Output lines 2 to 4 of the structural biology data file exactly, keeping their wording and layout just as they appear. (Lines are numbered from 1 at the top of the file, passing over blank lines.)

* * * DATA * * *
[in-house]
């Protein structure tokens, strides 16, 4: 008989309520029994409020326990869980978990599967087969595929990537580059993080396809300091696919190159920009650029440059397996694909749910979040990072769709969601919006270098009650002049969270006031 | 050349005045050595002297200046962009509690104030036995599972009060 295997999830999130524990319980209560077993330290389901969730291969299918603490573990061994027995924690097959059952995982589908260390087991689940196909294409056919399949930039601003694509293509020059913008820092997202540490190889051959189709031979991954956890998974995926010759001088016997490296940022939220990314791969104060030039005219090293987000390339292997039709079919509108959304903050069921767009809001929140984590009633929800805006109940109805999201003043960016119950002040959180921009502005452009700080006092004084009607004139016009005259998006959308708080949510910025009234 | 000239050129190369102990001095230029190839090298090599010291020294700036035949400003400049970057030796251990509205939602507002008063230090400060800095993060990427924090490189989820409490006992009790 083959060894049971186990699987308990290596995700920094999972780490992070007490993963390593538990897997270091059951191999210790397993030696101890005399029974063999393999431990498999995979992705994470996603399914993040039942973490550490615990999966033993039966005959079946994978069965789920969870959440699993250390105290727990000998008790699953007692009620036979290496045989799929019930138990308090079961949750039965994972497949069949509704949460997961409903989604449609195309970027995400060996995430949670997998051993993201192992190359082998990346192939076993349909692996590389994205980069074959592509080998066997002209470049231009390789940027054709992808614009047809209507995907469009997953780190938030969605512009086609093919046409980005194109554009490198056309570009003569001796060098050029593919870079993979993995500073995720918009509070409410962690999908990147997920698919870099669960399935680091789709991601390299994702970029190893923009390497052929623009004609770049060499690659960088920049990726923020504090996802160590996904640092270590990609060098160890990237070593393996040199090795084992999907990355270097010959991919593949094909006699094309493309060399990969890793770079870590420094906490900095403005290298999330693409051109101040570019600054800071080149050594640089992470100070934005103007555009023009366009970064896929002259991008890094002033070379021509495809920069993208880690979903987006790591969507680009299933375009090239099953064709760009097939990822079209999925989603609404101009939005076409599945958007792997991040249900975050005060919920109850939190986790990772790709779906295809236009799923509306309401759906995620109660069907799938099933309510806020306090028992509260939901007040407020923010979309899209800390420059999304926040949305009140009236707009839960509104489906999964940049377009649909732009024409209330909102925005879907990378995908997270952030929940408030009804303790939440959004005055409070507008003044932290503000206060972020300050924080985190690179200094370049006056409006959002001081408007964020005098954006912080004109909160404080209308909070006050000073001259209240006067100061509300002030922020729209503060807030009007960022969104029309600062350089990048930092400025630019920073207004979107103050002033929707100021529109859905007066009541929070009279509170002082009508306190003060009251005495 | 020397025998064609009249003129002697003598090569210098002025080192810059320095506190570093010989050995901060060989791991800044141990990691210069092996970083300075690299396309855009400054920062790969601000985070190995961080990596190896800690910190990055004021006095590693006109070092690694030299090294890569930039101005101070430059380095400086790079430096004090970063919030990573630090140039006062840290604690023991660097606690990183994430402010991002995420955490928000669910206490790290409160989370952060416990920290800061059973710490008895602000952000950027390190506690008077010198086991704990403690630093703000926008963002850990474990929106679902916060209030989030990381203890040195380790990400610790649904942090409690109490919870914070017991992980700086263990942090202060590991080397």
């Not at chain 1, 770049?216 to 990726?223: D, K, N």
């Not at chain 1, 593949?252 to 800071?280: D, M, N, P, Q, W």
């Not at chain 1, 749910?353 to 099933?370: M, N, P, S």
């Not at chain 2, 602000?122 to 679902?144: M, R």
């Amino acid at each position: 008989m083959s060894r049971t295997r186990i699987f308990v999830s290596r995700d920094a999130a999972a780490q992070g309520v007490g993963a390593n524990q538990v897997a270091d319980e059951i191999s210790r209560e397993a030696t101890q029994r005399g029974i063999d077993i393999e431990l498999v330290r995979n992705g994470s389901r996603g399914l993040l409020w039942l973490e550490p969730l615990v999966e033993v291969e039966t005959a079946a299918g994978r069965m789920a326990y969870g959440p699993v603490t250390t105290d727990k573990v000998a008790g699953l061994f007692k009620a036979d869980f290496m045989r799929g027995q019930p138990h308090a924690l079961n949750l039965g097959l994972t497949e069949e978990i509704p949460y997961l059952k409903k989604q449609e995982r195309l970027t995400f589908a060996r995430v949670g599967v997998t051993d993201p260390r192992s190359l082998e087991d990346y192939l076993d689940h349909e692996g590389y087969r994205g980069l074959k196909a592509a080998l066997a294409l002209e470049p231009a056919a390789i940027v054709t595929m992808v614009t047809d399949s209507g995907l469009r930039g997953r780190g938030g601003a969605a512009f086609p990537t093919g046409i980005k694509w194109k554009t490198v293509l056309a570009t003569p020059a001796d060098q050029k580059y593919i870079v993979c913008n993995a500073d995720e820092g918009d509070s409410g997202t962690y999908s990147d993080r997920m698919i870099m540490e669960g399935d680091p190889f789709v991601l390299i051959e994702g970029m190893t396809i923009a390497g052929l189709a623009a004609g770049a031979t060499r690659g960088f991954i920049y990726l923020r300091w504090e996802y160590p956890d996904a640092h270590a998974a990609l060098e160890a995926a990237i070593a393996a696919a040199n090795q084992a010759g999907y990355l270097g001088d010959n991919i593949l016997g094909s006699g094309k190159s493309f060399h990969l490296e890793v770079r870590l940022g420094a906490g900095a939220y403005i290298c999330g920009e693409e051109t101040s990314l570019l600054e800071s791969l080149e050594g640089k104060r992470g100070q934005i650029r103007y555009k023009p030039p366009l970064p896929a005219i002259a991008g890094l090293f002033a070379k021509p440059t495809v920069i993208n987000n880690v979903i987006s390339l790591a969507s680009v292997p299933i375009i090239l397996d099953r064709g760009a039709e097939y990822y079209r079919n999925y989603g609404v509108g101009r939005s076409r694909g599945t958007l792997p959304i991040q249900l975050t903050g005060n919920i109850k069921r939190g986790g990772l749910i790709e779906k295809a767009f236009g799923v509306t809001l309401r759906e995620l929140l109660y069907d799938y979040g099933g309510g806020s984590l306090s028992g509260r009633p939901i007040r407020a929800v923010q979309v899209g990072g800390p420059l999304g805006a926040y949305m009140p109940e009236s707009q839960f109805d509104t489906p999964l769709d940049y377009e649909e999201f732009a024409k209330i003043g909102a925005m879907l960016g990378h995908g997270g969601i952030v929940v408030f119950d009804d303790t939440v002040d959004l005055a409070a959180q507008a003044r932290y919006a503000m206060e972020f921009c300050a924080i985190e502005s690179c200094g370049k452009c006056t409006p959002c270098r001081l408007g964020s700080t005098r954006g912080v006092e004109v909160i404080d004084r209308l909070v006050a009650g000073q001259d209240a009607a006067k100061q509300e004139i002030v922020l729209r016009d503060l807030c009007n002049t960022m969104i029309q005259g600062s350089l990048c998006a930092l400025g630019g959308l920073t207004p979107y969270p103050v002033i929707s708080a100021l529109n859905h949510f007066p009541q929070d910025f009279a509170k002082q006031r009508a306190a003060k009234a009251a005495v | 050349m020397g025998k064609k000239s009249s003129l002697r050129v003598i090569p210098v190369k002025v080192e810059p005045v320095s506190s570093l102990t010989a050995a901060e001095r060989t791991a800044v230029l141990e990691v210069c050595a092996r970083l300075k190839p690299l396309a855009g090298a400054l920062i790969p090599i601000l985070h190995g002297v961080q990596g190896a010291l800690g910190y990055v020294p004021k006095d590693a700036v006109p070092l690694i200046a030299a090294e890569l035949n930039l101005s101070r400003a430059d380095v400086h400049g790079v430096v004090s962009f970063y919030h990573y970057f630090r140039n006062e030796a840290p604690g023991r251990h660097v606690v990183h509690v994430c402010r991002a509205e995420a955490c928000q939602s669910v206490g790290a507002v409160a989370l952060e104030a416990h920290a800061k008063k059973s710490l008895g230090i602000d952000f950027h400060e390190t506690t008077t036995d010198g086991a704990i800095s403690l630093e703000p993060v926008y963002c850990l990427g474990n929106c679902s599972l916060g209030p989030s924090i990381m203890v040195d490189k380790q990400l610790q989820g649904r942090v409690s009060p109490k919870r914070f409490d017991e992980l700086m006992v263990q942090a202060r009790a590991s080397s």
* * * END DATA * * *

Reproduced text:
């Protein structure tokens, strides 16, 4: 008989309520029994409020326990869980978990599967087969595929990537580059993080396809300091696919190159920009650029440059397996694909749910979040990072769709969601919006270098009650002049969270006031 | 050349005045050595002297200046962009509690104030036995599972009060 295997999830999130524990319980209560077993330290389901969730291969299918603490573990061994027995924690097959059952995982589908260390087991689940196909294409056919399949930039601003694509293509020059913008820092997202540490190889051959189709031979991954956890998974995926010759001088016997490296940022939220990314791969104060030039005219090293987000390339292997039709079919509108959304903050069921767009809001929140984590009633929800805006109940109805999201003043960016119950002040959180921009502005452009700080006092004084009607004139016009005259998006959308708080949510910025009234 | 000239050129190369102990001095230029190839090298090599010291020294700036035949400003400049970057030796251990509205939602507002008063230090400060800095993060990427924090490189989820409490006992009790 083959060894049971186990699987308990290596995700920094999972780490992070007490993963390593538990897997270091059951191999210790397993030696101890005399029974063999393999431990498999995979992705994470996603399914993040039942973490550490615990999966033993039966005959079946994978069965789920969870959440699993250390105290727990000998008790699953007692009620036979290496045989799929019930138990308090079961949750039965994972497949069949509704949460997961409903989604449609195309970027995400060996995430949670997998051993993201192992190359082998990346192939076993349909692996590389994205980069074959592509080998066997002209470049231009390789940027054709992808614009047809209507995907469009997953780190938030969605512009086609093919046409980005194109554009490198056309570009003569001796060098050029593919870079993979993995500073995720918009509070409410962690999908990147997920698919870099669960399935680091789709991601390299994702970029190893923009390497052929623009004609770049060499690659960088920049990726923020504090996802160590996904640092270590990609060098160890990237070593393996040199090795084992999907990355270097010959991919593949094909006699094309493309060399990969890793770079870590420094906490900095403005290298999330693409051109101040570019600054800071080149050594640089992470100070934005103007555009023009366009970064896929002259991008890094002033070379021509495809920069993208880690979903987006790591969507680009299933375009090239099953064709760009097939990822079209999925989603609404101009939005076409599945958007792997991040249900975050005060919920109850939190986790990772790709779906295809236009799923509306309401759906995620109660069907799938099933309510806020306090028992509260939901007040407020923010979309899209800390420059999304926040949305009140009236707009839960509104489906999964940049377009649909732009024409209330909102925005879907990378995908997270952030929940408030009804303790939440959004005055409070507008003044932290503000206060972020300050924080985190690179200094370049006056409006959002001081408007964020005098954006912080004109909160404080209308909070006050000073001259209240006067100061509300002030922020729209503060807030009007960022969104029309600062350089990048930092400025630019920073207004979107103050002033929707100021529109859905007066009541929070009279509170002082009508306190003060009251005495 | 020397025998064609009249003129002697003598090569210098002025080192810059320095506190570093010989050995901060060989791991800044141990990691210069092996970083300075690299396309855009400054920062790969601000985070190995961080990596190896800690910190990055004021006095590693006109070092690694030299090294890569930039101005101070430059380095400086790079430096004090970063919030990573630090140039006062840290604690023991660097606690990183994430402010991002995420955490928000669910206490790290409160989370952060416990920290800061059973710490008895602000952000950027390190506690008077010198086991704990403690630093703000926008963002850990474990929106679902916060209030989030990381203890040195380790990400610790649904942090409690109490919870914070017991992980700086263990942090202060590991080397």
């Not at chain 1, 770049?216 to 990726?223: D, K, N």
């Not at chain 1, 593949?252 to 800071?280: D, M, N, P, Q, W």